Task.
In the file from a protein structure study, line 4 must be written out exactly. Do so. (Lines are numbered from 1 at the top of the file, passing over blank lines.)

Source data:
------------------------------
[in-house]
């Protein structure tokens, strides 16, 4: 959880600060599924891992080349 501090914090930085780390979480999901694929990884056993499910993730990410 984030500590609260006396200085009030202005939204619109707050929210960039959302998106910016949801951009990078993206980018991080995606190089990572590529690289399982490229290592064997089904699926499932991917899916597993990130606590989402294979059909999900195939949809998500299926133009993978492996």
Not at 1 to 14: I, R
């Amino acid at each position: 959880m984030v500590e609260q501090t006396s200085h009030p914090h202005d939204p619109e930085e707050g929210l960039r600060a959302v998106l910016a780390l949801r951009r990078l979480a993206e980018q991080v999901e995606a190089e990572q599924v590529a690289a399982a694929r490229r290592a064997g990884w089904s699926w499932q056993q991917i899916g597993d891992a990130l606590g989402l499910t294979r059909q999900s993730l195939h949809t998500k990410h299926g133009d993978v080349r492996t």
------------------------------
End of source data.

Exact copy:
């Amino acid at each position: 959880m984030v500590e609260q501090t006396s200085h009030p914090h202005d939204p619109e930085e707050g929210l960039r600060a959302v998106l910016a780390l949801r951009r990078l979480a993206e980018q991080v999901e995606a190089e990572q599924v590529a690289a399982a694929r490229r290592a064997g990884w089904s699926w499932q056993q991917i899916g597993d891992a990130l606590g989402l499910t294979r059909q999900s993730l195939h949809t998500k990410h299926g133009d993978v080349r492996t």